Social Commentary and Unhappy Endings

After watching ‘Deepwater Horizon’, ‘Suffragette’, and ‘A Most Wanted Man’, it got me thinking about what movies most affect us and why.

I don’t know about anyone else, but I find myself getting more emotional (whether that emotion be anger, sadness, happiness, etc) when films are either closer to reality or based on an event or historical era. And I only care about characters survival if there is a real chance that they won’t survive.

With ‘Deepwater Horizon’, as I discussed in my review, it was being reminded of the deaths of the men and the environmental catastrophe caused by human arrogance. In ‘Suffragette’ it was the struggle of those women who protested for decades and were either ignored, beaten, force-fed during hunger strikes or incarcerated.

Emmeline Pankhurst being arrested. 

Finally, it took the death of one brave woman to actually instigate any change. At the end of the film the year women were given the vote was displayed by country; it was shocking to see countries that we perceived as progressive had not given the vote until the later 20th century. And still some countries had not given women the right to vote. Of course, being female and an advocate of a more egalitarian society, this film really hit me on an emotional level.

Then this evening I watched ‘A Most Wanted Man’, starring the late and great Phillip Seymour Hoffman as the leader of an anti-terror group operating in Hamburg. Hoffman and his group are tracking terror suspects with the hope of infiltrating a shipping company operating as an Al-Qaeda front. Rather than letting the group do their job and finding the Shark as Hoffman put it, the American and German governments decided that arresting an innocent man and the money man was a better idea. This is something many governments and other institutions do, they look for a quick fix, something to parade in front of the news channels rather than correcting the issue at the source. That’s too much effort. It also displays the automatic prejudice against refugees and Muslims because of the actions of the minority.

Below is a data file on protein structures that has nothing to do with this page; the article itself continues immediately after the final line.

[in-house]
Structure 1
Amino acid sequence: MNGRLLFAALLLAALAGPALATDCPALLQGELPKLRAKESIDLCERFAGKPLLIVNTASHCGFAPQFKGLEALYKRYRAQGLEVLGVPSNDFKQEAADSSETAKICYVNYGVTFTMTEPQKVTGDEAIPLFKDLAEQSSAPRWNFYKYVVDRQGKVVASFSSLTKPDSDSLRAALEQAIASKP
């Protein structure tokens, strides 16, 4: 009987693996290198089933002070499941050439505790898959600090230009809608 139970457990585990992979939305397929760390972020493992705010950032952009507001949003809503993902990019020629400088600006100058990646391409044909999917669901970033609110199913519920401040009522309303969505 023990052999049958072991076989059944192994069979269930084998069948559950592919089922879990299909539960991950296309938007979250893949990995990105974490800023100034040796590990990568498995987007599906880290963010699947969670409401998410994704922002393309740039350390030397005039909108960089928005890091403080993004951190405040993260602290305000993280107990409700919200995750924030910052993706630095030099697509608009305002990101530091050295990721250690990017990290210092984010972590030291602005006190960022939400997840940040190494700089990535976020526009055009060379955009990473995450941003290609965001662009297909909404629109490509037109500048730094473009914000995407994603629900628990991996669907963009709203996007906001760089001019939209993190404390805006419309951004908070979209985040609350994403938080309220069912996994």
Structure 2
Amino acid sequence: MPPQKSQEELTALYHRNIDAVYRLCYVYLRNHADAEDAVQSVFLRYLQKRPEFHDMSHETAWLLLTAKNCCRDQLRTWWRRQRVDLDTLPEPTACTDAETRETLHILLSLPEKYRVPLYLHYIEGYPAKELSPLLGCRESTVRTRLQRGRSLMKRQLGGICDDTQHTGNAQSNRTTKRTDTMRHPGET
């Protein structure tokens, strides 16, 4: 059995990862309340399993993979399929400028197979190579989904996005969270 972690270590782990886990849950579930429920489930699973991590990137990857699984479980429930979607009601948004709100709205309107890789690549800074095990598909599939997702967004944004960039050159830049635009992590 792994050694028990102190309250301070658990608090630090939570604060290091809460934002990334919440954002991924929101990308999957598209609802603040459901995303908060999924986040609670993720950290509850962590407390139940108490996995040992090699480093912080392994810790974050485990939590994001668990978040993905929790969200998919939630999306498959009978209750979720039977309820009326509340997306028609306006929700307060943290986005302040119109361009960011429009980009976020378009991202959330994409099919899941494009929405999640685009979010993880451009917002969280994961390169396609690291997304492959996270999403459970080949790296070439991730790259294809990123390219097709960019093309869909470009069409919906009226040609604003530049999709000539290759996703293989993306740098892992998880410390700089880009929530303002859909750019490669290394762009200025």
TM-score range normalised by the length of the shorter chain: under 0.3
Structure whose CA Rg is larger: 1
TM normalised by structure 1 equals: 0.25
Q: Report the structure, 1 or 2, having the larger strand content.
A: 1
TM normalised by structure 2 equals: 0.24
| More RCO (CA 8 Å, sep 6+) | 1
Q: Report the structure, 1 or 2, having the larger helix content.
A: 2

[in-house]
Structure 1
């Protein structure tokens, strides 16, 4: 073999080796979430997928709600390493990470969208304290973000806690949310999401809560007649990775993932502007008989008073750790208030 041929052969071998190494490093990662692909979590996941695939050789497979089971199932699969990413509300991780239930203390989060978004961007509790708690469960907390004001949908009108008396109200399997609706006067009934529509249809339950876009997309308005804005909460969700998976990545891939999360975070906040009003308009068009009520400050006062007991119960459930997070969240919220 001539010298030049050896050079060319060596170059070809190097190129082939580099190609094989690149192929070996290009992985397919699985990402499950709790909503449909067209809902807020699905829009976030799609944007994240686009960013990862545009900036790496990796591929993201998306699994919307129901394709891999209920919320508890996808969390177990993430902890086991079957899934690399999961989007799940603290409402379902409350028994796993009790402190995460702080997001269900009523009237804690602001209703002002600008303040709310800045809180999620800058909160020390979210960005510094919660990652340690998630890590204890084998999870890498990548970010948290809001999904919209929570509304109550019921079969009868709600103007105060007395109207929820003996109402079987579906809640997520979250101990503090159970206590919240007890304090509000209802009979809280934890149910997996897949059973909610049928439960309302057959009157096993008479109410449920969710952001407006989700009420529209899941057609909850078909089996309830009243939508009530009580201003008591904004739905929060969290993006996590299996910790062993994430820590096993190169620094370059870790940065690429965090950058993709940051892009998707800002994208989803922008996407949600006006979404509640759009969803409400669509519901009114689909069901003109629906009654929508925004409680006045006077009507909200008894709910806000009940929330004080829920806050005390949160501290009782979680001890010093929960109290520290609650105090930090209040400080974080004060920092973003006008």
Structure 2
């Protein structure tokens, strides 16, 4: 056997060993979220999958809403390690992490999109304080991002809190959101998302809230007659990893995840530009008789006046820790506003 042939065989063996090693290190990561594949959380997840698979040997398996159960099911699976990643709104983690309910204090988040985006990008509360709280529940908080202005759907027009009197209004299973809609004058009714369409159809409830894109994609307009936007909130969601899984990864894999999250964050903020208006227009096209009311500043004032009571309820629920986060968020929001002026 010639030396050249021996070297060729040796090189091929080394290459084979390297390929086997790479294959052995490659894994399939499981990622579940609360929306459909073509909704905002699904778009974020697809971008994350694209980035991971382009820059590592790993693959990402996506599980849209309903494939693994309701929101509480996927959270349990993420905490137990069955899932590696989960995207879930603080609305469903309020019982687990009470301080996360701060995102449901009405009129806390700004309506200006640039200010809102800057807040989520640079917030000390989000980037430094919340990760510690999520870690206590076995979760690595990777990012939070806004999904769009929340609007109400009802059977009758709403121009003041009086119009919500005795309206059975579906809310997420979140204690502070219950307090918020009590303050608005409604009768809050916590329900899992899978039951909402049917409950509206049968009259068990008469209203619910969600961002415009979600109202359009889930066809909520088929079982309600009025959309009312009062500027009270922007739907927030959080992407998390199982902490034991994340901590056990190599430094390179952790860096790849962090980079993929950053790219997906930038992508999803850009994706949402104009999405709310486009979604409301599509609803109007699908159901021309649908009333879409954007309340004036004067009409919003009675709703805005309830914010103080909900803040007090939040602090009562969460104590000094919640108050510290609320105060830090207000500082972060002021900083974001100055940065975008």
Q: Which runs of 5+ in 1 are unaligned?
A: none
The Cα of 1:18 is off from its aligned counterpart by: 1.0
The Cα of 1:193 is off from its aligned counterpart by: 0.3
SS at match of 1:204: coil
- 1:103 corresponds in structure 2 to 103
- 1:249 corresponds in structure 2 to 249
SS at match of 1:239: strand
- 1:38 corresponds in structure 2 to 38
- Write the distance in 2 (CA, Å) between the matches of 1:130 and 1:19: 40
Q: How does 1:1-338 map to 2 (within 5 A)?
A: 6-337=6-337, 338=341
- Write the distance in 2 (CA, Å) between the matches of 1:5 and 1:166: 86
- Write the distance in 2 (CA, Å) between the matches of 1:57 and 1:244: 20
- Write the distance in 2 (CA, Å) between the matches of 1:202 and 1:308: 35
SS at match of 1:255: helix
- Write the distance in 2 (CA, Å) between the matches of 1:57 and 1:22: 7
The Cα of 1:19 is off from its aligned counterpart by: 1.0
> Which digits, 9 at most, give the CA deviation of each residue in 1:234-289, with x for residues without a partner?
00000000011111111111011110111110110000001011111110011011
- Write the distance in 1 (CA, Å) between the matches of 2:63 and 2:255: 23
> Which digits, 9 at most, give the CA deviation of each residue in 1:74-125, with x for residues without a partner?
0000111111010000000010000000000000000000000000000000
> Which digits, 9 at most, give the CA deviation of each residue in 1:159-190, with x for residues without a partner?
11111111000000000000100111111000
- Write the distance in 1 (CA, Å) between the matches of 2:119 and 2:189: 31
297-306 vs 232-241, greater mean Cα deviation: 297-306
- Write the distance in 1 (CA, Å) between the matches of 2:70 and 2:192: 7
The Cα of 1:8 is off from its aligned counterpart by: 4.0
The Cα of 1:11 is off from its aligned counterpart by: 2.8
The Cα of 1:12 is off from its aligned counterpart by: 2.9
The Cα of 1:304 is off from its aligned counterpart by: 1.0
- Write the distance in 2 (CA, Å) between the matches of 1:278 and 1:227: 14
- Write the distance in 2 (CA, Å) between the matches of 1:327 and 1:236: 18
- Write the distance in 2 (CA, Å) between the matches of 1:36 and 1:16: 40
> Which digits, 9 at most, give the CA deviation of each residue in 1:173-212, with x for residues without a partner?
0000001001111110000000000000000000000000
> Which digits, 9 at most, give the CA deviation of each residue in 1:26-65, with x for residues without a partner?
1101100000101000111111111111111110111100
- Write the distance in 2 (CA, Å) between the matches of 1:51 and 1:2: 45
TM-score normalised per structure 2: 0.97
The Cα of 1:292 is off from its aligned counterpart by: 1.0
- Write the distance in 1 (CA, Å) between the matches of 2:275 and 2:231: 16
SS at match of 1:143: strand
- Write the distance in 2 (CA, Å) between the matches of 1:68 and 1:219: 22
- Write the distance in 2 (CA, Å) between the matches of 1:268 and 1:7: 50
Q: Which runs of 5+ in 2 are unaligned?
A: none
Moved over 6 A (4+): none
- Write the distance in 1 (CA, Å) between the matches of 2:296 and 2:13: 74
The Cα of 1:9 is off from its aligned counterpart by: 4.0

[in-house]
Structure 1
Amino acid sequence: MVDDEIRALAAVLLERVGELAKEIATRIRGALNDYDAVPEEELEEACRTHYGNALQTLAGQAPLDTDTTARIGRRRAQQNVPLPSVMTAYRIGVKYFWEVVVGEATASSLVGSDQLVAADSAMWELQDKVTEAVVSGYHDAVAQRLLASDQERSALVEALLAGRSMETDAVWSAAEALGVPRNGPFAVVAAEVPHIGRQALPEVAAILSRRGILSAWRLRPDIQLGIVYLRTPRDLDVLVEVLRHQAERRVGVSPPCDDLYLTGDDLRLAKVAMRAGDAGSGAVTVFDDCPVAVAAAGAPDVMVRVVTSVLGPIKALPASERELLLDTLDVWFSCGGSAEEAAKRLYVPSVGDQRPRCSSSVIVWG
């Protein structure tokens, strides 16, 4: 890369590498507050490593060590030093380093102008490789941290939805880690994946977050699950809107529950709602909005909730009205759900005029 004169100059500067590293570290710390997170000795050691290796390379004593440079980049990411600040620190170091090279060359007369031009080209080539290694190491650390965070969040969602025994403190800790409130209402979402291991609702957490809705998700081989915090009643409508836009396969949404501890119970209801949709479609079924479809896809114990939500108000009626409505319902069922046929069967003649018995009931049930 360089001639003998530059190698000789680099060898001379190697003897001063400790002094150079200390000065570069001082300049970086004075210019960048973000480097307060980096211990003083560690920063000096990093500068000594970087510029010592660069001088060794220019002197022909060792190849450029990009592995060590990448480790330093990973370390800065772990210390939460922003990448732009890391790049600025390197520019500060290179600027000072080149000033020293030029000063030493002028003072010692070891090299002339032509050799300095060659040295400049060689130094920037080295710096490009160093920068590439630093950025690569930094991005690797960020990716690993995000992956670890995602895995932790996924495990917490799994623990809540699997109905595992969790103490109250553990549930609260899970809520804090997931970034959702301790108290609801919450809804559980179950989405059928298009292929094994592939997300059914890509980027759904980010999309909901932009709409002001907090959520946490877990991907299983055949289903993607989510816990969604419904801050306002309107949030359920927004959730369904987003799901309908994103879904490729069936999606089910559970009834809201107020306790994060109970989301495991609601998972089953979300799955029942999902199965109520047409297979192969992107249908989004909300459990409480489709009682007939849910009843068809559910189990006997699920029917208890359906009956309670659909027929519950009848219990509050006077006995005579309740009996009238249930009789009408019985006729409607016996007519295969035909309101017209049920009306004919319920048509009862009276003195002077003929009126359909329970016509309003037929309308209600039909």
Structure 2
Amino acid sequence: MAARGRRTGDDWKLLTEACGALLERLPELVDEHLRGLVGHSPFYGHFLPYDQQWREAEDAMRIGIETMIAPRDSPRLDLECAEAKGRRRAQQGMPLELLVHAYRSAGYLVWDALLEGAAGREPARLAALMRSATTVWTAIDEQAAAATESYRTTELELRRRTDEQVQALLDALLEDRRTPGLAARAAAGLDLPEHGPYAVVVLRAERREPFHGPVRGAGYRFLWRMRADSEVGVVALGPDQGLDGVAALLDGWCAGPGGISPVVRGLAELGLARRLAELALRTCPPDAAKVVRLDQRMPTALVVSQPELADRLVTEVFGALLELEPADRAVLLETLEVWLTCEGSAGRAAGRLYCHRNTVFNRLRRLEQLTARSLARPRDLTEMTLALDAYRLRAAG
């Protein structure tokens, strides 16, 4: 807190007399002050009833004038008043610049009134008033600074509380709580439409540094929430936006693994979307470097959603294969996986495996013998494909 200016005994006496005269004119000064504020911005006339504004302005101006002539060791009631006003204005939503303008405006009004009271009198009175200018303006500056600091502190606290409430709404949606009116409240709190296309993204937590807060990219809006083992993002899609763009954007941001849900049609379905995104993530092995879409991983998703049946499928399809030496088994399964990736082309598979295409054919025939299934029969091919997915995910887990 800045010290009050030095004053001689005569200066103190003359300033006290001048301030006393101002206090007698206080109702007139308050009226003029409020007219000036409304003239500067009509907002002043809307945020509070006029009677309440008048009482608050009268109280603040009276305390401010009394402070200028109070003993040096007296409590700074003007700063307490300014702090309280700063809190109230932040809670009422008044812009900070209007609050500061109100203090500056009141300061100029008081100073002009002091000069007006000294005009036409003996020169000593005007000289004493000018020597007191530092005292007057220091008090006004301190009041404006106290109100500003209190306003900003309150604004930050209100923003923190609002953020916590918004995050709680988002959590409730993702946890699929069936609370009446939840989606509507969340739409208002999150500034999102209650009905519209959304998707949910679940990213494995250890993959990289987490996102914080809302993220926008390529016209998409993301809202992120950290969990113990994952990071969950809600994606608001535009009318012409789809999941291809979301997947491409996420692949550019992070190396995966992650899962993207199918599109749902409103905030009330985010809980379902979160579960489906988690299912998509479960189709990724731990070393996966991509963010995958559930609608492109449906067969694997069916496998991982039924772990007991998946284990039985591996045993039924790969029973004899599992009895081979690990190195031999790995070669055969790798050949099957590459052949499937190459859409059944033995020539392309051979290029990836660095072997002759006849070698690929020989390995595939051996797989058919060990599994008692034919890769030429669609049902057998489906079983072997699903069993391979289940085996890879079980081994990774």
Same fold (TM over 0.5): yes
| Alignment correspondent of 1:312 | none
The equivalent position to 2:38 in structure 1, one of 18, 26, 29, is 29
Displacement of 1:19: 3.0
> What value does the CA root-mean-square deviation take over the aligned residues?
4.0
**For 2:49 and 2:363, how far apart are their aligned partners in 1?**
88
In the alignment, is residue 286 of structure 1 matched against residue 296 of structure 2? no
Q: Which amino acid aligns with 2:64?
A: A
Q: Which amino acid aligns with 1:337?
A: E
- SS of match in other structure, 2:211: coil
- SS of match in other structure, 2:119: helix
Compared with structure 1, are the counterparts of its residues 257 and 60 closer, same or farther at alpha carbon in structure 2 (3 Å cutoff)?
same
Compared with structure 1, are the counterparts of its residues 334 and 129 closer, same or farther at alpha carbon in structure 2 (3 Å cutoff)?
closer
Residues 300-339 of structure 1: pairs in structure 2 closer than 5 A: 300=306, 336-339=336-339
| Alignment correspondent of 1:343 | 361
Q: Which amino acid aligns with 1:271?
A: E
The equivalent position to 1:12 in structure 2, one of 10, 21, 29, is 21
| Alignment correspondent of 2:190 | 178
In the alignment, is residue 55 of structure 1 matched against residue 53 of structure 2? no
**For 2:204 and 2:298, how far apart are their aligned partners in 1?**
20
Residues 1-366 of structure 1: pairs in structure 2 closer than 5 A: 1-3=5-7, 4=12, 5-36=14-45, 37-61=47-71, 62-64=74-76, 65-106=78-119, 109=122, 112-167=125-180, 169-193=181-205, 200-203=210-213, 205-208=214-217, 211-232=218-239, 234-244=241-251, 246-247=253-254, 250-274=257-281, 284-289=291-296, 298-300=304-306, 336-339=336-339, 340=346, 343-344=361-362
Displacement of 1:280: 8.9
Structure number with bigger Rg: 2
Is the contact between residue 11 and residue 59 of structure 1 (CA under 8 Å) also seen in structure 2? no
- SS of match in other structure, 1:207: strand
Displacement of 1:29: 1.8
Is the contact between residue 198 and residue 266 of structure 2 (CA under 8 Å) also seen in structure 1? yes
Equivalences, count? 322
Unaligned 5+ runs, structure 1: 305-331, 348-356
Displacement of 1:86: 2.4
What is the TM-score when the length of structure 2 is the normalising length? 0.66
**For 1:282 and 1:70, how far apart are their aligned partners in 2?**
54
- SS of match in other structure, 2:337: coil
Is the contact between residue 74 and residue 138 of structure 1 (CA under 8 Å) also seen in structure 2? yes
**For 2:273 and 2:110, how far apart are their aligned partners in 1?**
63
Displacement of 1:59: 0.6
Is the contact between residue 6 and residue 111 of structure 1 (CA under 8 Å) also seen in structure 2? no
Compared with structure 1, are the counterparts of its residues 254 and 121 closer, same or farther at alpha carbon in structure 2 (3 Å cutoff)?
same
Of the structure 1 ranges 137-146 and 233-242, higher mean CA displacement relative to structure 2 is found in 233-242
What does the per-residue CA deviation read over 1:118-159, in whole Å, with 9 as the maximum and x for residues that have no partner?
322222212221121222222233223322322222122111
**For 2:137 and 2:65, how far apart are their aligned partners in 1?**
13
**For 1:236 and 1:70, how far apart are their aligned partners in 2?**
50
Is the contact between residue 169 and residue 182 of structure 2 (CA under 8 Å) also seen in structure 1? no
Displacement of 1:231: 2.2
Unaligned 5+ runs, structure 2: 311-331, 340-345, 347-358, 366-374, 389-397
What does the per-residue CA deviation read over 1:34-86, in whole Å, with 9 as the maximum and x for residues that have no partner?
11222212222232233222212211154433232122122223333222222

I couldn’t stop the tears. 

And it made me think of other films I’ve seen that have depressing context or unhappy endings; Titanic, The Boy in the Striped Pyjamas, The Magdalene Sisters, Remember the Titans, 12 Years a Slave, Marley and Me, United 93, Open Water, Jarhead (yes, based on memoirs), The Pursuit of Happyness (true story), The Help, Everest, and Schindler’s List (so I’m told). All these films are based on true stories and events. For more films based on true events see List of films based on actual events (the horror films on the list will surprise you.

Some people like the escapism in films, many other people complain that there is no suspense in Hollywood anymore; if the ending of a film is sad or not properly concluded then there will likely be a sequel. To those people I say watch some films based on reality; either based on true events like ‘Suffragette’ and ‘Deepwater Horizon’, or those commenting on the worst aspects of our society like ‘A Most Wanted Man’. But a warning, these films are normally very shocking and often leave you feeling hopeless, the horrific events caused by humans and the attitude of people is sometimes difficult to fathom.

In reality is where we find the most horrifying stories, whether true or not, they affect us greater than fiction because it is more real.


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